The imam of a mosque thought to be the UK’s first to host a vaccination centre has urged local people to ignore “fake news” claims surrounding coronavirus.
Groups of two people at a time were vaccinated from Thursday morning in a multi-purpose hall at the Al-Abbas Islamic Centre in Balsall Heath, Birmingham.
Imam Nuru Mohammed said he was “elated and inspired” that the NHS centre had been set up after help from several medical professionals among the 2,000-strong religious community.
People receive an injection of the Oxford/AstraZeneca coronavirus vaccine at the Al Abbas Mosque, Birmingham, which is being used as a covid vaccination centre.
— PA Images (@PAImages) January 21, 2021
He told the PA news agency: “We stepped in with the intention that this will help to inform those people who are not well-informed about the vaccination.
“It will send a very strong positive message to the wider Muslim community, not only here in Birmingham but in the entire country, because I think this is the first mosque within the country opening its doors for vaccination to take place.
“I think that is a positive message – that you know what guys, we are all together in this.”
The imam said he was aware of myths that the ingredients of the vaccination were unlawful from an Islamic perspective, complaints that face masks still had to be worn following vaccination, and even claims that Covid-19 was a “game” and did not exist.
Addressing concerns that false rumours were targeting religious communities, the mosque leader said: “As you know, fake news is going all over.
“We are here to signal to the people – first and foremost our community – and the wider communities, that we are saying a big no to fake news.
“Fake news will not win. The vaccine is the way forward.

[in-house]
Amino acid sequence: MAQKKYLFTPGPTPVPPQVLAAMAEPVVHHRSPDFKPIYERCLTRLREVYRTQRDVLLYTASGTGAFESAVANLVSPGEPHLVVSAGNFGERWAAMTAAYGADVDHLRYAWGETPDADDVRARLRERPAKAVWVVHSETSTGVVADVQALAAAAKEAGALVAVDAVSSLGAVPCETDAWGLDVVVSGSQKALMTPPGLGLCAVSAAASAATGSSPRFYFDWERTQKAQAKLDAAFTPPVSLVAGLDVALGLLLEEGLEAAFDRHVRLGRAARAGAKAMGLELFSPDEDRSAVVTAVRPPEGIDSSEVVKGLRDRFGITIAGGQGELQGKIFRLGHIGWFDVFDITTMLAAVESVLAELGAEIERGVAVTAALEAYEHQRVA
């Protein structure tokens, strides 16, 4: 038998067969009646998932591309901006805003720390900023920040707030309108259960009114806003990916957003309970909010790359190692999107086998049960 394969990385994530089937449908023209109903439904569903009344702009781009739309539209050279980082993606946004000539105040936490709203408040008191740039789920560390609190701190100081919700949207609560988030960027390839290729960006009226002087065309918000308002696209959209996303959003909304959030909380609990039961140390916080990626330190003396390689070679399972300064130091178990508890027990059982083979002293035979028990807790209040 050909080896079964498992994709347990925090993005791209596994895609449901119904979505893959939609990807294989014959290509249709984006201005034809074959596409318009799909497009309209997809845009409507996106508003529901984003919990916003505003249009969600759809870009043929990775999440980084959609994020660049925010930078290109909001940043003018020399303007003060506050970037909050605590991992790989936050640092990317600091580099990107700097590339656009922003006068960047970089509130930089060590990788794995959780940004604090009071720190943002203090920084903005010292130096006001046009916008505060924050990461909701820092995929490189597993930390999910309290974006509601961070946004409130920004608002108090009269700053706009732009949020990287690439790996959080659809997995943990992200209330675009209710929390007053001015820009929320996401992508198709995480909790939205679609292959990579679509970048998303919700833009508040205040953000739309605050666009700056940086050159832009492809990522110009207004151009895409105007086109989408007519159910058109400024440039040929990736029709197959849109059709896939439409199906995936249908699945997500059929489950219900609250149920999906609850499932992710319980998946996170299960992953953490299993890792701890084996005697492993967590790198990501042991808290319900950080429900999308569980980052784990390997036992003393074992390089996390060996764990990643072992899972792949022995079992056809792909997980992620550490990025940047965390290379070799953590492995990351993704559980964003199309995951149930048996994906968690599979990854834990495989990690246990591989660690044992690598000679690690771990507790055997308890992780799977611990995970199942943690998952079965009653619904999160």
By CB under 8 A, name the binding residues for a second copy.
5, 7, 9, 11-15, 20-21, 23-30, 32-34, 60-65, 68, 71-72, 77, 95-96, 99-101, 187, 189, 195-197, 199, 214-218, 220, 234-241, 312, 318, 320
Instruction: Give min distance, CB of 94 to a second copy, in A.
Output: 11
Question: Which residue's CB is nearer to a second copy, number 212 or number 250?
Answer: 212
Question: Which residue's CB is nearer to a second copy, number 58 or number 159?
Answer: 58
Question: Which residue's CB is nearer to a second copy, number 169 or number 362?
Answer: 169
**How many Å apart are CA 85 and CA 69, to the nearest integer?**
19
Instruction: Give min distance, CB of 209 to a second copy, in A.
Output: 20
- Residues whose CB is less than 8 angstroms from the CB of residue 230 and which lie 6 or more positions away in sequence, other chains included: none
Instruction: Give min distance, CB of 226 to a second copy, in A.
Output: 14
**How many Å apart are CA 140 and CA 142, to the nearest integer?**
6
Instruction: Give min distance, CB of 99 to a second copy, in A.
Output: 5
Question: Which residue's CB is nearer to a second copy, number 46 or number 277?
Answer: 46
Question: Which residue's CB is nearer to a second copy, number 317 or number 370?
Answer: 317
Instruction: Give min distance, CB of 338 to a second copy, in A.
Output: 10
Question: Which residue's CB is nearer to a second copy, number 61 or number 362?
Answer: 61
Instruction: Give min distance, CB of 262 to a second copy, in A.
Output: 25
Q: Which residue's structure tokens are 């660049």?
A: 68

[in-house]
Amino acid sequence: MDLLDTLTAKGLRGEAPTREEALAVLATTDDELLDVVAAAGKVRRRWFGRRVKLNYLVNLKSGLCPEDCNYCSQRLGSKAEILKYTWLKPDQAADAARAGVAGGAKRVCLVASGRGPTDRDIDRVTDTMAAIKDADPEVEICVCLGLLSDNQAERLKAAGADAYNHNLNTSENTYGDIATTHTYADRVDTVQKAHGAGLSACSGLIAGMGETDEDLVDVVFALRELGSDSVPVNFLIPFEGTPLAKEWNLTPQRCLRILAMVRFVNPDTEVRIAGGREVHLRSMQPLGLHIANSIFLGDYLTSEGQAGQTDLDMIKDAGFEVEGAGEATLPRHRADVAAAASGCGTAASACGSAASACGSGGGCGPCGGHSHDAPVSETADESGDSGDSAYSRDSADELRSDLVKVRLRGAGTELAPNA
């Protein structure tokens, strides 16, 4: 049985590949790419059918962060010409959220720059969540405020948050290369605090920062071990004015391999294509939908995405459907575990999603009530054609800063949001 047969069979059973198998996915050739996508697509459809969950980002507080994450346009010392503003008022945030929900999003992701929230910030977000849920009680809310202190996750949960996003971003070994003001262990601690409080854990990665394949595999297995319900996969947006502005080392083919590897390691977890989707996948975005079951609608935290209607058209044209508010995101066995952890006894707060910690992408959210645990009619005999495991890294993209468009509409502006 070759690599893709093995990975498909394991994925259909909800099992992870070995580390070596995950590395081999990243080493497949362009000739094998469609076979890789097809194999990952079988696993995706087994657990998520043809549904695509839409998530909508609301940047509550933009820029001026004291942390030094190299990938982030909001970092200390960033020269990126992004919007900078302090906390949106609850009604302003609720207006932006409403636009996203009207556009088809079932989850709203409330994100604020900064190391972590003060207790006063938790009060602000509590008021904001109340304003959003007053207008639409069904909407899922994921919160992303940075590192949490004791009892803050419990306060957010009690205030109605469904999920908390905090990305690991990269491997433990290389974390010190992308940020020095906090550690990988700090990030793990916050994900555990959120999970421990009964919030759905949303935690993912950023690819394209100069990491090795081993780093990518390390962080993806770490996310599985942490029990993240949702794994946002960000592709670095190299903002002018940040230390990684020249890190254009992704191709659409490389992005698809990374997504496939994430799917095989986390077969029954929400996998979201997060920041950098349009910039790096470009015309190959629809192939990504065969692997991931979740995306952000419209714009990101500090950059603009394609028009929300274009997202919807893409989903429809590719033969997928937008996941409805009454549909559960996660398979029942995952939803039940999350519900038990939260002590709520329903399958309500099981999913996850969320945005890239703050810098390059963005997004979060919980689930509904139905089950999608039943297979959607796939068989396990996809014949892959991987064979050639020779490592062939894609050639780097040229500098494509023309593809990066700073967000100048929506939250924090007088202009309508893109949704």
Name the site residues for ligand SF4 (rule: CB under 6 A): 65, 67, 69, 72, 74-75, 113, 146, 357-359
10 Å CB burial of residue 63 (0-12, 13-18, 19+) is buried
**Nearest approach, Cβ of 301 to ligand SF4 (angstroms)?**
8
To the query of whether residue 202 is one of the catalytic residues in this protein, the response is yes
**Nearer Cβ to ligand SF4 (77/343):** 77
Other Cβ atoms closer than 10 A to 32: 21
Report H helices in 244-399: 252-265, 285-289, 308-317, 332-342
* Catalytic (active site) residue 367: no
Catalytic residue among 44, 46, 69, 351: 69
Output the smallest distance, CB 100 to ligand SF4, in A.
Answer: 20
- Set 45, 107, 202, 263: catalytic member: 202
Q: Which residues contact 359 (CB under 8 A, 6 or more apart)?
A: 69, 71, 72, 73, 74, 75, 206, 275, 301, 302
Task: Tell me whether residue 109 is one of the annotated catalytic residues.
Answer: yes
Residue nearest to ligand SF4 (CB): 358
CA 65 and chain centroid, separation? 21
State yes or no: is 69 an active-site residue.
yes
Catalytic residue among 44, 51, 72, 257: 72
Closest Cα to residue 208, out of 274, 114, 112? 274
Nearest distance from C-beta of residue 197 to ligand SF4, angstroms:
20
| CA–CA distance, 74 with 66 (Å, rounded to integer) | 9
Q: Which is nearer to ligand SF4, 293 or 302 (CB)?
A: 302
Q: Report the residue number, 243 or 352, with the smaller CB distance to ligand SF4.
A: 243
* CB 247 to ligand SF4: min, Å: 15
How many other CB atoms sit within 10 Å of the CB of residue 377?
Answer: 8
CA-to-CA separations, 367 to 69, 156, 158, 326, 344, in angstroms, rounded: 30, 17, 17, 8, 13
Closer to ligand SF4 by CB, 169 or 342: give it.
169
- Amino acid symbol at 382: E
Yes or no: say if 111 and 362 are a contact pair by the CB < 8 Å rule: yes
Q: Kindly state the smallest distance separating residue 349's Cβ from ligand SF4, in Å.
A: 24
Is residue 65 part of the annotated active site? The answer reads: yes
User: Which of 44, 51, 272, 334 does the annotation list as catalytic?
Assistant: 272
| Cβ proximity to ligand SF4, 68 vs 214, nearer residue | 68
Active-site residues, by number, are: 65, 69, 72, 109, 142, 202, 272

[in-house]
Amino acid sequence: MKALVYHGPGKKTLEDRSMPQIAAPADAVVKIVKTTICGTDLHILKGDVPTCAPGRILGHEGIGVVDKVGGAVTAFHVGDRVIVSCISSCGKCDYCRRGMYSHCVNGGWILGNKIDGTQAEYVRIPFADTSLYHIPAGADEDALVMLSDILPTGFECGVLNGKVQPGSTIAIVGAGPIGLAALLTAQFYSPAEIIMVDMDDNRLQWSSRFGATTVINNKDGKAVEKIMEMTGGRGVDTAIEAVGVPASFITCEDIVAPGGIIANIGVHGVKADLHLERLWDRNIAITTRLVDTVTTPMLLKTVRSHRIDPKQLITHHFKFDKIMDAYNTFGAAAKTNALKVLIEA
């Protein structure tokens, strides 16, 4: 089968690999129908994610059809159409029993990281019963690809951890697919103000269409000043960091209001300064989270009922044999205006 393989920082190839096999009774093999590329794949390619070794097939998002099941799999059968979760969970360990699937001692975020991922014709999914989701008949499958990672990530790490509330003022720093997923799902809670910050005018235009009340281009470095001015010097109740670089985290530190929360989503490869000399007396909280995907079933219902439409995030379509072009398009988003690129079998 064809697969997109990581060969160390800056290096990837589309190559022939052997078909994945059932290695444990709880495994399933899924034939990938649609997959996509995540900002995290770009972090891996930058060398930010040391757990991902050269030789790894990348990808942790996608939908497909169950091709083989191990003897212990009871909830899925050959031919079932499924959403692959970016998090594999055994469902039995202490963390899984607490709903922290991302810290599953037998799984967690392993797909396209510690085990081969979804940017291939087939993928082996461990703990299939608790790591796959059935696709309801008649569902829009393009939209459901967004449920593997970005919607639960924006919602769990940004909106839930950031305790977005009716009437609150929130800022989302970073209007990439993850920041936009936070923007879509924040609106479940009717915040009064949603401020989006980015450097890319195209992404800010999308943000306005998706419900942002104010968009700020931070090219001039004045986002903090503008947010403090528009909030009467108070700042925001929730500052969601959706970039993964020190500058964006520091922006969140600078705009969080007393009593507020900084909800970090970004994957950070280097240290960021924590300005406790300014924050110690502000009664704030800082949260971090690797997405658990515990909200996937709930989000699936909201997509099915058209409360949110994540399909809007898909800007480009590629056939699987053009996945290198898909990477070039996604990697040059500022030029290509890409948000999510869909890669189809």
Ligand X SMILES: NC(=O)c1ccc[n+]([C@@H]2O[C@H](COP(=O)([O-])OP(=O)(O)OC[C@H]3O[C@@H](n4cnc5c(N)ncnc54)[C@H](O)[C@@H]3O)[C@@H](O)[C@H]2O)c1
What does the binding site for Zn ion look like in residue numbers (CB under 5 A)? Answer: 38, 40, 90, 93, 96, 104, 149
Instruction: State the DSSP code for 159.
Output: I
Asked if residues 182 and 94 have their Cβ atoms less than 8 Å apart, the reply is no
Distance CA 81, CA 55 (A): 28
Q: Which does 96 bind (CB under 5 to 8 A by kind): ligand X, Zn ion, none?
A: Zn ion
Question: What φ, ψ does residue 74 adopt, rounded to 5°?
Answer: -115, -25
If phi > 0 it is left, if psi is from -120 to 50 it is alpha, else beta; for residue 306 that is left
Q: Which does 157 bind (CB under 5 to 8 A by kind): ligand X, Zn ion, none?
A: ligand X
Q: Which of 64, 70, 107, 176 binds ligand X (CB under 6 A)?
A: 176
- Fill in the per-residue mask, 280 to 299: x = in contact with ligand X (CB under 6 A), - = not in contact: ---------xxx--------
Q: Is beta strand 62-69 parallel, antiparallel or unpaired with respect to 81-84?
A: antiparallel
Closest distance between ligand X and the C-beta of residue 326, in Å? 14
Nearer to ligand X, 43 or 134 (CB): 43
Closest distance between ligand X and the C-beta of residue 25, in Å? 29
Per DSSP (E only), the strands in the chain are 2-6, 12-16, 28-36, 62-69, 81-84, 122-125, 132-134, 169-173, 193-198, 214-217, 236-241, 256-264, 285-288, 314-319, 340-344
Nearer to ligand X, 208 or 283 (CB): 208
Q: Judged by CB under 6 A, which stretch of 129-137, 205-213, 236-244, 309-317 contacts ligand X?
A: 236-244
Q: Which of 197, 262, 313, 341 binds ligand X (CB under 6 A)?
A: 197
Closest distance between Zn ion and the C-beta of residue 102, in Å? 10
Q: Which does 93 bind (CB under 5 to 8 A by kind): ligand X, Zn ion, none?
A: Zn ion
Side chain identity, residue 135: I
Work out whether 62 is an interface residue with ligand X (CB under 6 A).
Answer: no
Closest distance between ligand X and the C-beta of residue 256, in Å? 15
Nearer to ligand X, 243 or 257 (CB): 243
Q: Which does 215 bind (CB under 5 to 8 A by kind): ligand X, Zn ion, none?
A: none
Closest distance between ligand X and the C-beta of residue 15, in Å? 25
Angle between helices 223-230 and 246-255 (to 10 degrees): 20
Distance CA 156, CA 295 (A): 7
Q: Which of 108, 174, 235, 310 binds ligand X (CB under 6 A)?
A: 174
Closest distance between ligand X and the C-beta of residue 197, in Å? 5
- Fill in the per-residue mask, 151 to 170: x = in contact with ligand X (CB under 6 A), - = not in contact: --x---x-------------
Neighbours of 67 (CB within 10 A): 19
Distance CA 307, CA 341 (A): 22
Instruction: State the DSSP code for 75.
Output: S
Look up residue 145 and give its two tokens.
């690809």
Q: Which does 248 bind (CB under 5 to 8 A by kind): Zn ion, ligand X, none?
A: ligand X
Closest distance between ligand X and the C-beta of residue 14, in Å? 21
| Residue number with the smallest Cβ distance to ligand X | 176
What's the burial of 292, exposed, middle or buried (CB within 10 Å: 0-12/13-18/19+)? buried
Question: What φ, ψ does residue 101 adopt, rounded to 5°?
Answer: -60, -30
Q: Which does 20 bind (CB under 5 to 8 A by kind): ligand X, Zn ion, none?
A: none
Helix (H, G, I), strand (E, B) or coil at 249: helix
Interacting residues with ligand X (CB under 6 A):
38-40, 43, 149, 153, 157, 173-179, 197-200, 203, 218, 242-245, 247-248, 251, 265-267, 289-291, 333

“Islam teaches all of us the importance of enforcing the sanctity of life and health.”
“If we all play our part, we will win this fight against coronavirus,” he said.
“We have seen members of our community struggling, suffering. Some lost their lives in the process.
“My simple and straightforward message is – trust this, it will help you.
“We need to protect ourselves and people around us, so go for it.”
The imam was given the vaccine a week ago due to his work caring for the elderly and vulnerable.
“When I did that, I went on social media,” he said. “I shared it all over – Facebook, Twitter, Instagram – just to send a strong, positive signal to say ‘Let’s do this’.
“I look forward to going for the second jab whenever I am invited.”
Among the first to receive the Oxford/AstraZeneca vaccine at the mosque was Sylvester O’Neill, originally from Liverpool.
The retired seafarer said: “I was determined to have it because that’s the way you should do it, isn’t it.
“Otherwise you are worrying about it. I’m 89 years of age for God’s sake, I’ve got to have it.”
Urging others to follow suit in having the vaccine, Mr O’Neill joked: “Everyone should get done … I was thinking of getting our cat done!”